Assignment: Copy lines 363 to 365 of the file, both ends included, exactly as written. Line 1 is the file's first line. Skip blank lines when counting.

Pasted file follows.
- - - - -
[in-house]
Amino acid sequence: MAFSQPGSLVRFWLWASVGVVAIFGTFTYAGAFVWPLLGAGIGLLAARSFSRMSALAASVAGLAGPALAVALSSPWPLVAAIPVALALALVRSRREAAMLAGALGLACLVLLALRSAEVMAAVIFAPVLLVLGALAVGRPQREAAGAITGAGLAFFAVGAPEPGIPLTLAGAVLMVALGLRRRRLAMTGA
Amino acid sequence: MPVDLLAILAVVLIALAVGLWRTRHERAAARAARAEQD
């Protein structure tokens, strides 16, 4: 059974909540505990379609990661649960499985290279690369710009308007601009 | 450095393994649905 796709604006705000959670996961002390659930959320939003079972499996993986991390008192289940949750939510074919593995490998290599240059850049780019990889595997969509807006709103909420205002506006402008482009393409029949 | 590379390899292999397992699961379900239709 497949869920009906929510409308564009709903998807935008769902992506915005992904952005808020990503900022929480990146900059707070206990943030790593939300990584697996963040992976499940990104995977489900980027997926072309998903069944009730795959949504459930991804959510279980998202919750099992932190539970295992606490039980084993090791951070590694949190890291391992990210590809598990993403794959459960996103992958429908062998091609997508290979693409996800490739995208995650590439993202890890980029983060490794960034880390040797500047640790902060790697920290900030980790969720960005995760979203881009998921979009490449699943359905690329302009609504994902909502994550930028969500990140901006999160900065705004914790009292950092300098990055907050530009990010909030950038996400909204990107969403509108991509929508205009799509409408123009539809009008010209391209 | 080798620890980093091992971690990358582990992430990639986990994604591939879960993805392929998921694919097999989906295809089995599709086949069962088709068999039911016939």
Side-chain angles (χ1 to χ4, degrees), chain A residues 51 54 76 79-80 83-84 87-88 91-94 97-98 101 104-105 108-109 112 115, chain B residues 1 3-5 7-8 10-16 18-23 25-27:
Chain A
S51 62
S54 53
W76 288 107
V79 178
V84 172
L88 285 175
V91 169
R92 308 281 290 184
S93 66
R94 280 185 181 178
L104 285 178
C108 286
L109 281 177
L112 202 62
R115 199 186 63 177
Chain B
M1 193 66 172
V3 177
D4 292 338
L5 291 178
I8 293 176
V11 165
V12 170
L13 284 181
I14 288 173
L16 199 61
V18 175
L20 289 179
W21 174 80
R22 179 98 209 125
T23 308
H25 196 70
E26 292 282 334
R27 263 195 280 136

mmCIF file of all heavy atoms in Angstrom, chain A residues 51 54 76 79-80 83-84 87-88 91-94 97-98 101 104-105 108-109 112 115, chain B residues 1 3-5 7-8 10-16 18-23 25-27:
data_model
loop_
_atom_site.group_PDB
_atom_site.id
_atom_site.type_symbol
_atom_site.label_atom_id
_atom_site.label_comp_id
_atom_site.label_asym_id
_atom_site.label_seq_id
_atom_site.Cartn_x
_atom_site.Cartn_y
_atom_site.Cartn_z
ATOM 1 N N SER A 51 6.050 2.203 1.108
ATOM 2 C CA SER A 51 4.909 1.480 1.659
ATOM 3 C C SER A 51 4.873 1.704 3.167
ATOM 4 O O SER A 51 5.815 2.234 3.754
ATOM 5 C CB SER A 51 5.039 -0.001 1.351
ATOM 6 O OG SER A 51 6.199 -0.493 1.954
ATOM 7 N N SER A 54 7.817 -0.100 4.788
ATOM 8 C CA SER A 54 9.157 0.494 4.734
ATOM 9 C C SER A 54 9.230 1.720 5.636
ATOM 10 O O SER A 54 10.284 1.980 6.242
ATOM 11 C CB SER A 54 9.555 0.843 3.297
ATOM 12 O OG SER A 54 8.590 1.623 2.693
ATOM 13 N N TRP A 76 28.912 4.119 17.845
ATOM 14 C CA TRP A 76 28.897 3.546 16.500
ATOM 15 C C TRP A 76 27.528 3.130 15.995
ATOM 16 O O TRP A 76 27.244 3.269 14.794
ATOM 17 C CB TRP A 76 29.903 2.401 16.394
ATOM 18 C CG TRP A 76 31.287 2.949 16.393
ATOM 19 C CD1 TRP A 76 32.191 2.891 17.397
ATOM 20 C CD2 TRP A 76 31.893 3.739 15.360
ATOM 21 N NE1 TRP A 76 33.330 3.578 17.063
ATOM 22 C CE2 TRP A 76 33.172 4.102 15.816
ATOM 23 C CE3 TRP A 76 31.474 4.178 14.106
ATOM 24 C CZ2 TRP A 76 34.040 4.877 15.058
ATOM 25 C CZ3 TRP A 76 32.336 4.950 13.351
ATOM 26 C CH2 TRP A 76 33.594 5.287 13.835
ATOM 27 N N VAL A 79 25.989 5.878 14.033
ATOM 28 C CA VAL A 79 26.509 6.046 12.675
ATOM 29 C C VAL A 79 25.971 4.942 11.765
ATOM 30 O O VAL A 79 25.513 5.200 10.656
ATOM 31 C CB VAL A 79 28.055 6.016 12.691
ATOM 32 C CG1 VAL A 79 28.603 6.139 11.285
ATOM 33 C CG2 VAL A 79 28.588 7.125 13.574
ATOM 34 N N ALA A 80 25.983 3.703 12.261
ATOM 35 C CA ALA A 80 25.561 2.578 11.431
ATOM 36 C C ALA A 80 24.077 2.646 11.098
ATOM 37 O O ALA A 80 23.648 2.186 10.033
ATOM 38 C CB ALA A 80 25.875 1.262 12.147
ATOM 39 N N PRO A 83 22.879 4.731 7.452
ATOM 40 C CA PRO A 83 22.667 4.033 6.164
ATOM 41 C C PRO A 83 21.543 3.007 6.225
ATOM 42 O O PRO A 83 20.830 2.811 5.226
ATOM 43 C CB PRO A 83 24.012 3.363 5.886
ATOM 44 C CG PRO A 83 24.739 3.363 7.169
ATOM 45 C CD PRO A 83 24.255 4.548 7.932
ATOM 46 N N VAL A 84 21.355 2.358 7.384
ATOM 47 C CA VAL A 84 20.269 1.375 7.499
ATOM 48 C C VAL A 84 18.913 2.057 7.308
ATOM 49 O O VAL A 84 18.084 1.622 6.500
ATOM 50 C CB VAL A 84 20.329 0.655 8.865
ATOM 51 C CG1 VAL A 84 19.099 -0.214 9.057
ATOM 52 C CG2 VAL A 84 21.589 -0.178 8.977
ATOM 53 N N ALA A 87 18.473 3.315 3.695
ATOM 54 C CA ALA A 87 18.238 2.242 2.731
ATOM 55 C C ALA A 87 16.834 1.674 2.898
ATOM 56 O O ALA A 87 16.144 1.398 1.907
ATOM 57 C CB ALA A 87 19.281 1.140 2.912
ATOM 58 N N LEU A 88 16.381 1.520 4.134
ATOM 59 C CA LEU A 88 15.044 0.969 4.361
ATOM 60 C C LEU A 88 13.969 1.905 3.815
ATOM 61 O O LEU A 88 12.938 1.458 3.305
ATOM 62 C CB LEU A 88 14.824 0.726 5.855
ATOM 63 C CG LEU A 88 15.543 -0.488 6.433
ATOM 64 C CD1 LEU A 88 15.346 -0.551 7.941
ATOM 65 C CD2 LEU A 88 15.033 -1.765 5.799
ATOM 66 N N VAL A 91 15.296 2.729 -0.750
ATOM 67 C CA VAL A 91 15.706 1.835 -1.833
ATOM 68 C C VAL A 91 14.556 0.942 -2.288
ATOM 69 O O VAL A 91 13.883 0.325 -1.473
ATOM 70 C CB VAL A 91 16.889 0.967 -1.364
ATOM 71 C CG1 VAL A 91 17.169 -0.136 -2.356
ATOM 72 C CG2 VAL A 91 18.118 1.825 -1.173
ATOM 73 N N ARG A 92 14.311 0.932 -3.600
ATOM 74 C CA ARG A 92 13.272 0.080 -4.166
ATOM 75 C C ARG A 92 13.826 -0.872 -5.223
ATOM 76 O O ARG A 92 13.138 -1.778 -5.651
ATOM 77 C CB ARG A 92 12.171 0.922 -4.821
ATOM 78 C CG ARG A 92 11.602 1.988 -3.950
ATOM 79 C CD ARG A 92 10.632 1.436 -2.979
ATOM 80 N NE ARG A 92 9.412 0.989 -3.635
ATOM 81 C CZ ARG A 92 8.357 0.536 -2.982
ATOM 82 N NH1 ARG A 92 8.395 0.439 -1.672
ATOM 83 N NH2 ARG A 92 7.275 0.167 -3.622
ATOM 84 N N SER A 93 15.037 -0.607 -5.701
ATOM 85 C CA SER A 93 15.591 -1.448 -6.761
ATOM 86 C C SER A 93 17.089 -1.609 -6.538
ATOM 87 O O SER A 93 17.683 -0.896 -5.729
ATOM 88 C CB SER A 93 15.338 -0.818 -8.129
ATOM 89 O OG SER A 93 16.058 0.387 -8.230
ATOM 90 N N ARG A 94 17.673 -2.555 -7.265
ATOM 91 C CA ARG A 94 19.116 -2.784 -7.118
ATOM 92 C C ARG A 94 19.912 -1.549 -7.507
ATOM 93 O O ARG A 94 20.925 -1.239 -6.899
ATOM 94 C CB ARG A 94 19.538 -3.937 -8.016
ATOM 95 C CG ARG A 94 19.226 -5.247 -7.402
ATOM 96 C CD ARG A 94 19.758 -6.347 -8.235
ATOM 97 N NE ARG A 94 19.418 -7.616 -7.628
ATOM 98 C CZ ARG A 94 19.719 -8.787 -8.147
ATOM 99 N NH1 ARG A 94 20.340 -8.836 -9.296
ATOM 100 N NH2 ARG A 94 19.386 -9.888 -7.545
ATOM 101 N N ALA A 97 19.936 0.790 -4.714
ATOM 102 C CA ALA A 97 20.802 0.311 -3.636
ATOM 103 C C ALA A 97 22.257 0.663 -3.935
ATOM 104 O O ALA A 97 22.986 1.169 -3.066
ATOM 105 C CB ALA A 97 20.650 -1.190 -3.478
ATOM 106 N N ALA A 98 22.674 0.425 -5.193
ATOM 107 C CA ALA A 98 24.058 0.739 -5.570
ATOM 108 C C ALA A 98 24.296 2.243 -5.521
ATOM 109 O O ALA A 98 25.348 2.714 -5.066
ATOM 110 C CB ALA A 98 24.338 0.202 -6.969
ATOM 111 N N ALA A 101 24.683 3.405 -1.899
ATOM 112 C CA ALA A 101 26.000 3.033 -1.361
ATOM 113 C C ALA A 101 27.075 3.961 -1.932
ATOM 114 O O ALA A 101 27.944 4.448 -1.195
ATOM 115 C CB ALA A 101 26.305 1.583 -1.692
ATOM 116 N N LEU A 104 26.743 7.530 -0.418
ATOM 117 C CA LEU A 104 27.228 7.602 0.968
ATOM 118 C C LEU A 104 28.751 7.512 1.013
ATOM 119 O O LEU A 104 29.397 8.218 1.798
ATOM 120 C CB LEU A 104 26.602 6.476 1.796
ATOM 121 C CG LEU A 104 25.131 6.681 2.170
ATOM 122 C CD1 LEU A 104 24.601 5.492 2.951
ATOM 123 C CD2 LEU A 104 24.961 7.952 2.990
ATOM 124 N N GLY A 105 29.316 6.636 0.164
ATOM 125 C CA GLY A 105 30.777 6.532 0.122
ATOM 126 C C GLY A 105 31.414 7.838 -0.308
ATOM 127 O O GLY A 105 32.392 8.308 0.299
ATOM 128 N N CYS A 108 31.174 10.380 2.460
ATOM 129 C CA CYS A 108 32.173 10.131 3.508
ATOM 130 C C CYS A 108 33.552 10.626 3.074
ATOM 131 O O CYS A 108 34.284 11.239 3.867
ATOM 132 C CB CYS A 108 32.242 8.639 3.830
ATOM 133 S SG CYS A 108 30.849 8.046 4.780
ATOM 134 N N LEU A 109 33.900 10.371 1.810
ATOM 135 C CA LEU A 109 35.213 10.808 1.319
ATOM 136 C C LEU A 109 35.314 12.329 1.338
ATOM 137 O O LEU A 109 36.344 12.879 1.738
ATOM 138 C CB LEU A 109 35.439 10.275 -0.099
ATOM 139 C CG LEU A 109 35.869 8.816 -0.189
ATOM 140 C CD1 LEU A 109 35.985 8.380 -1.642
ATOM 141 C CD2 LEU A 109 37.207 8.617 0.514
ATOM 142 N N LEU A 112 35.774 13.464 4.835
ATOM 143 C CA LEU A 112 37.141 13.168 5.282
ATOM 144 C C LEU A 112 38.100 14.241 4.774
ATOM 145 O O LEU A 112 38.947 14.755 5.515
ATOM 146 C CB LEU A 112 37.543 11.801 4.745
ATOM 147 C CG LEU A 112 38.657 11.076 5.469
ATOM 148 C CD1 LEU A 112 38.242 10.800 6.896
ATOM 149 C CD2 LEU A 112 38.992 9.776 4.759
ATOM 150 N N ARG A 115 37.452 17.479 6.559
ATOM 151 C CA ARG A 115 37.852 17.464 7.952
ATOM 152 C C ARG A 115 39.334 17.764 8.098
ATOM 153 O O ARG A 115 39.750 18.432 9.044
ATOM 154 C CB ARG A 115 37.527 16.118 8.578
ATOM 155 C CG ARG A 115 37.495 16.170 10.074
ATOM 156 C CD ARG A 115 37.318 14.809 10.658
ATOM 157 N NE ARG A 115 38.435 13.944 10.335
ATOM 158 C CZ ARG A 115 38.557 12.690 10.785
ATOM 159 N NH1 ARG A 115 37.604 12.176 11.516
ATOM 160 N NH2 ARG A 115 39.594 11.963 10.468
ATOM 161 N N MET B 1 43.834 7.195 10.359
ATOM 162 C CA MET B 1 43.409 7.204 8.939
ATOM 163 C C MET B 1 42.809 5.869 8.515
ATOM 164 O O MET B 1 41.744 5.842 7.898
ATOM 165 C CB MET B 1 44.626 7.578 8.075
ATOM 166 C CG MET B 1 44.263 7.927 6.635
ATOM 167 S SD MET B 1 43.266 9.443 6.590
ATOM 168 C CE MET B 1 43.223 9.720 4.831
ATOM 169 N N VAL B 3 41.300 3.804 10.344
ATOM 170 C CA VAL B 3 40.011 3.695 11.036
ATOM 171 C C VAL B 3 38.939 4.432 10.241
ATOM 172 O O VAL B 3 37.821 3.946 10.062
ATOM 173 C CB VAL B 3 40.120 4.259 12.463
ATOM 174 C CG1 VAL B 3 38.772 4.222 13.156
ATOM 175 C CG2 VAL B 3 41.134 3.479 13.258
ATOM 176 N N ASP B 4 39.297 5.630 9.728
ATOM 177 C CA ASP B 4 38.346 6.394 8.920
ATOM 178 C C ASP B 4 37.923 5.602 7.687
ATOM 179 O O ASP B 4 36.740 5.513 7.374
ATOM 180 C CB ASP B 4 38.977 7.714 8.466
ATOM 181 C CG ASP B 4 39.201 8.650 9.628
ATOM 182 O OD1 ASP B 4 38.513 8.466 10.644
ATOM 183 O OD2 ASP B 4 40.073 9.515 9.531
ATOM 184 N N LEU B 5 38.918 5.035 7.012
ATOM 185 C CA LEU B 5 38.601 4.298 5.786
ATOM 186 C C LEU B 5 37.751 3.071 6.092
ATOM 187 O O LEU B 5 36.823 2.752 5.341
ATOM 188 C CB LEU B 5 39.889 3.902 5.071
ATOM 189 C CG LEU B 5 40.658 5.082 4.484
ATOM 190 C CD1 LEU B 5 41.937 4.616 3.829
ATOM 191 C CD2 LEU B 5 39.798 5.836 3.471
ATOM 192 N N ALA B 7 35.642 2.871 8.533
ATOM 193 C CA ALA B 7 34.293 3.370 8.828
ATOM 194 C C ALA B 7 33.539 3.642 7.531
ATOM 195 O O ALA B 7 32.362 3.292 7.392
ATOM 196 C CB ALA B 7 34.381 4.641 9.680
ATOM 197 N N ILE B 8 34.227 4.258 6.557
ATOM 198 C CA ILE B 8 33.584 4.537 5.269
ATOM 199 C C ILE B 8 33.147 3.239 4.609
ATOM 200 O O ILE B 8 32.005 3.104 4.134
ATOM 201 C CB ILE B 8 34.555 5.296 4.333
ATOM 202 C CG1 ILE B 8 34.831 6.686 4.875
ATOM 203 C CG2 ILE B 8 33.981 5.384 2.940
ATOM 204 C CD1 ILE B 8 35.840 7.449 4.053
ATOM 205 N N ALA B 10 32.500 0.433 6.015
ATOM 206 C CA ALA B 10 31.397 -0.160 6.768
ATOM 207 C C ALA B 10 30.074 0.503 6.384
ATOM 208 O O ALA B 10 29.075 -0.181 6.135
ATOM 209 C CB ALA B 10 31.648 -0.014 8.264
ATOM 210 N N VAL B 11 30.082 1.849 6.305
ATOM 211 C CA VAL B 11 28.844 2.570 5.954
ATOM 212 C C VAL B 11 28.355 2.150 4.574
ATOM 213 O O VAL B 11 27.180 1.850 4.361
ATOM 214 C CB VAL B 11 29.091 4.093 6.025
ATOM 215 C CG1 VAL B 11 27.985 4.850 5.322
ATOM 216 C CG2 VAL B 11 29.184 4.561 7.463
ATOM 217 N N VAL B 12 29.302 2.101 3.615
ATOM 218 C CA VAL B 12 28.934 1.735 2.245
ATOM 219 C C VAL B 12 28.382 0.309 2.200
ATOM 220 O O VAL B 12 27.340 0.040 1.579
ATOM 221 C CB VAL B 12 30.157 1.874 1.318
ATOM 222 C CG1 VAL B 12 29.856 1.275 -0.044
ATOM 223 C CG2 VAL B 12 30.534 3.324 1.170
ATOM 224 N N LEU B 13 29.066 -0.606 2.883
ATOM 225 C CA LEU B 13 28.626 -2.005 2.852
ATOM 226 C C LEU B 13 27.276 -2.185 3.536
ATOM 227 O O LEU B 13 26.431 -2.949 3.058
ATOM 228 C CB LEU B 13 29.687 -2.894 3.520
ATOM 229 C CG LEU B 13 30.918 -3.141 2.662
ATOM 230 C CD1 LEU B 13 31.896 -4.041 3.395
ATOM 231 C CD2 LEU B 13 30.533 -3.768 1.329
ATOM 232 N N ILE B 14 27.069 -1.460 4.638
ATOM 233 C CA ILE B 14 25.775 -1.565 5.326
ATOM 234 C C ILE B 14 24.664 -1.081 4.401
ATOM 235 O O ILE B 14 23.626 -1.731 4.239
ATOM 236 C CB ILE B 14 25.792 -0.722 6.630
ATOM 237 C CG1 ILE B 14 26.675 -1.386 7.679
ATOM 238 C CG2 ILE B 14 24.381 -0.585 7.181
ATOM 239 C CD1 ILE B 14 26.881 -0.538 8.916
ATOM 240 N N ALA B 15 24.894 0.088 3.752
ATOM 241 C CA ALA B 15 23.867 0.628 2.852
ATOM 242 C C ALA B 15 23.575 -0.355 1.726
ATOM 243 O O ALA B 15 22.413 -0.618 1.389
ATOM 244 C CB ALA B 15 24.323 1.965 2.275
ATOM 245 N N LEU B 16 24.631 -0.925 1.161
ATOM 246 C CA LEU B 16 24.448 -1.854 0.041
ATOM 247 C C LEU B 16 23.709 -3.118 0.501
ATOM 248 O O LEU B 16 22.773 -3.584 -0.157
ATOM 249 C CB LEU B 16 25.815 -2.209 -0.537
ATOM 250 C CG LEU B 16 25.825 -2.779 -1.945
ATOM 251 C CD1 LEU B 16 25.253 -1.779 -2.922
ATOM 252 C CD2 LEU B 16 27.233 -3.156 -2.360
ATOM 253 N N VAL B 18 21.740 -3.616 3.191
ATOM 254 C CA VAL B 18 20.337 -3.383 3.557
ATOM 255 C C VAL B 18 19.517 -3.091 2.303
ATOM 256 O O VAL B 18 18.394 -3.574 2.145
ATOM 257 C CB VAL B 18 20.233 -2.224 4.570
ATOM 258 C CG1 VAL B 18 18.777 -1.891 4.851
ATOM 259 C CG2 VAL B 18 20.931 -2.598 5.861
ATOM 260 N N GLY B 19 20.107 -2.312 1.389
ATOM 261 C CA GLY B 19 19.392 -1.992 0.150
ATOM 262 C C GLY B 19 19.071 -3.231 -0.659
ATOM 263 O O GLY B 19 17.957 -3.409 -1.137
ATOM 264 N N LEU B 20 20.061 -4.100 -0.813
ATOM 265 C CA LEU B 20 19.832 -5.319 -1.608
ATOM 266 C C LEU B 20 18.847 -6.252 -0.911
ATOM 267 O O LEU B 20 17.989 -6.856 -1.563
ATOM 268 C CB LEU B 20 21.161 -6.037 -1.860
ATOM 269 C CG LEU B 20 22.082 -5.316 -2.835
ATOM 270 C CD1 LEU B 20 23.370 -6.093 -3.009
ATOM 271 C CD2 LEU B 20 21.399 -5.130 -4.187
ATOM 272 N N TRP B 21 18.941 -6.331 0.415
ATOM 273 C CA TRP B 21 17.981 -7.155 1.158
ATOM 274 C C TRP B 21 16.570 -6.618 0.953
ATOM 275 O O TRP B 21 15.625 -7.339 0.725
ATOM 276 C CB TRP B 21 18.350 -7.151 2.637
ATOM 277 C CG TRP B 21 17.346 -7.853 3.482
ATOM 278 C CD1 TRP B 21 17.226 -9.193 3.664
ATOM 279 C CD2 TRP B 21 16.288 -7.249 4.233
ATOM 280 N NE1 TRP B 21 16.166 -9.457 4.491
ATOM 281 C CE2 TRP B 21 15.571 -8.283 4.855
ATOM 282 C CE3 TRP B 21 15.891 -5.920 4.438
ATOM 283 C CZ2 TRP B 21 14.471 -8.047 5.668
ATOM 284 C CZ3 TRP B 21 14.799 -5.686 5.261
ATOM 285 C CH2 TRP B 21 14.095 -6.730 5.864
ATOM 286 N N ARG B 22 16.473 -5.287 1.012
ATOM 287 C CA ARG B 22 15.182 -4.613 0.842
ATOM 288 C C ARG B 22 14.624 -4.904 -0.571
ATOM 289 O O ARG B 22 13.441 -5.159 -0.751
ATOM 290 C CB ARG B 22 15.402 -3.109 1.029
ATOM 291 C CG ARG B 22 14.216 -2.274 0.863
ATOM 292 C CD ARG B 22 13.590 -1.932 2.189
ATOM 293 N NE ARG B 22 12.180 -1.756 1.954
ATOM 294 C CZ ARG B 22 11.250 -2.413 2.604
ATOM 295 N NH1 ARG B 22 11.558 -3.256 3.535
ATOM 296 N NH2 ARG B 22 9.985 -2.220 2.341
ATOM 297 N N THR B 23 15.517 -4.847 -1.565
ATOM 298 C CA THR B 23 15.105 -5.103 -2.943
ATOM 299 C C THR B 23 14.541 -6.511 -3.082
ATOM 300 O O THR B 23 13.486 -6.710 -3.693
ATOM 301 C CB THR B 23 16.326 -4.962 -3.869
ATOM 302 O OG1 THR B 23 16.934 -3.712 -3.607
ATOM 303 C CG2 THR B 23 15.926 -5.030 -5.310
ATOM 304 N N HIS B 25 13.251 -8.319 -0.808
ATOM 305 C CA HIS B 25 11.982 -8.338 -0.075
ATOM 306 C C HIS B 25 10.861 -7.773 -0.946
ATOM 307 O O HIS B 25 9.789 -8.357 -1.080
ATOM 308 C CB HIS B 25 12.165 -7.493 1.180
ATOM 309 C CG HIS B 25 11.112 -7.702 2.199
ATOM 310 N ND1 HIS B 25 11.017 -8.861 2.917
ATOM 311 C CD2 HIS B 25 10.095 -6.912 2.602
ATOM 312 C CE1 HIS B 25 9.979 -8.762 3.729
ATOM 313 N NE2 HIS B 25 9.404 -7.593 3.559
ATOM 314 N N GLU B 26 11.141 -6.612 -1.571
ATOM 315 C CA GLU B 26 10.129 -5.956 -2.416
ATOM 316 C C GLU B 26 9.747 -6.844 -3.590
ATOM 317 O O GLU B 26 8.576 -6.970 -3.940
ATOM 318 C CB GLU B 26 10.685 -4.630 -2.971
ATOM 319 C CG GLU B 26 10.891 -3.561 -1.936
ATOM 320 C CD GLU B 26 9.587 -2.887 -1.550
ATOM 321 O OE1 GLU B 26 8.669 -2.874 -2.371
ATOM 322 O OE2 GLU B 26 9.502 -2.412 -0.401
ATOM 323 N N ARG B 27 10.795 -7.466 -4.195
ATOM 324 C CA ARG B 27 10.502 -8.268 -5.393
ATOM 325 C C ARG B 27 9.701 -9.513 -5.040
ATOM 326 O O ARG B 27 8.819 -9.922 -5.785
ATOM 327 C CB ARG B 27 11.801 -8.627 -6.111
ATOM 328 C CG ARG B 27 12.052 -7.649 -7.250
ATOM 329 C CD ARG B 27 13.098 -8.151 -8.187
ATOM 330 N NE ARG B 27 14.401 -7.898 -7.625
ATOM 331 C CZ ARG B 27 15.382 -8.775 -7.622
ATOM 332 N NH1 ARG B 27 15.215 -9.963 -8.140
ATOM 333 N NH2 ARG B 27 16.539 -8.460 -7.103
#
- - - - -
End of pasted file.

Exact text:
ATOM 310 N ND1 HIS B 25 11.017 -8.861 2.917
ATOM 311 C CD2 HIS B 25 10.095 -6.912 2.602
ATOM 312 C CE1 HIS B 25 9.979 -8.762 3.729